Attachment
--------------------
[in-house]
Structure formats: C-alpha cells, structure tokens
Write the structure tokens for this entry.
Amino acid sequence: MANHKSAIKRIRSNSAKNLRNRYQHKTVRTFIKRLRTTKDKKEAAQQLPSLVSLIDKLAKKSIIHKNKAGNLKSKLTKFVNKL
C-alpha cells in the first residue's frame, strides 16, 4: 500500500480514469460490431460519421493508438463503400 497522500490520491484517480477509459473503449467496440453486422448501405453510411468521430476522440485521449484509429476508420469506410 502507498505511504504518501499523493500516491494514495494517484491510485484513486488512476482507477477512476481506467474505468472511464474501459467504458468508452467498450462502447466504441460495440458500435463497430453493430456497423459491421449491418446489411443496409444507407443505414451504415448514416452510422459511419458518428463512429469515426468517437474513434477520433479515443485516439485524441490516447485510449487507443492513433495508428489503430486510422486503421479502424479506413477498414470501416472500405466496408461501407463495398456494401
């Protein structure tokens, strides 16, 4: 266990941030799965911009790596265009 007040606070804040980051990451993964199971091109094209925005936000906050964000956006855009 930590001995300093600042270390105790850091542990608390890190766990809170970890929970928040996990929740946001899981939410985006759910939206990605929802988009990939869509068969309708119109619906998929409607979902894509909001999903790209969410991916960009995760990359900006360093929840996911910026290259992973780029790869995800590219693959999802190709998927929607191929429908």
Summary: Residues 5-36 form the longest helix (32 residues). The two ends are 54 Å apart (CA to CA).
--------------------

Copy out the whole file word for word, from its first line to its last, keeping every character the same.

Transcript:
[in-house]
Structure formats: C-alpha cells, structure tokens
Write the structure tokens for this entry.
Amino acid sequence: MANHKSAIKRIRSNSAKNLRNRYQHKTVRTFIKRLRTTKDKKEAAQQLPSLVSLIDKLAKKSIIHKNKAGNLKSKLTKFVNKL
C-alpha cells in the first residue's frame, strides 16, 4: 500500500480514469460490431460519421493508438463503400 497522500490520491484517480477509459473503449467496440453486422448501405453510411468521430476522440485521449484509429476508420469506410 502507498505511504504518501499523493500516491494514495494517484491510485484513486488512476482507477477512476481506467474505468472511464474501459467504458468508452467498450462502447466504441460495440458500435463497430453493430456497423459491421449491418446489411443496409444507407443505414451504415448514416452510422459511419458518428463512429469515426468517437474513434477520433479515443485516439485524441490516447485510449487507443492513433495508428489503430486510422486503421479502424479506413477498414470501416472500405466496408461501407463495398456494401
């Protein structure tokens, strides 16, 4: 266990941030799965911009790596265009 007040606070804040980051990451993964199971091109094209925005936000906050964000956006855009 930590001995300093600042270390105790850091542990608390890190766990809170970890929970928040996990929740946001899981939410985006759910939206990605929802988009990939869509068969309708119109619906998929409607979902894509909001999903790209969410991916960009995760990359900006360093929840996911910026290259992973780029790869995800590219693959999802190709998927929607191929429908």
Summary: Residues 5-36 form the longest helix (32 residues). The two ends are 54 Å apart (CA to CA).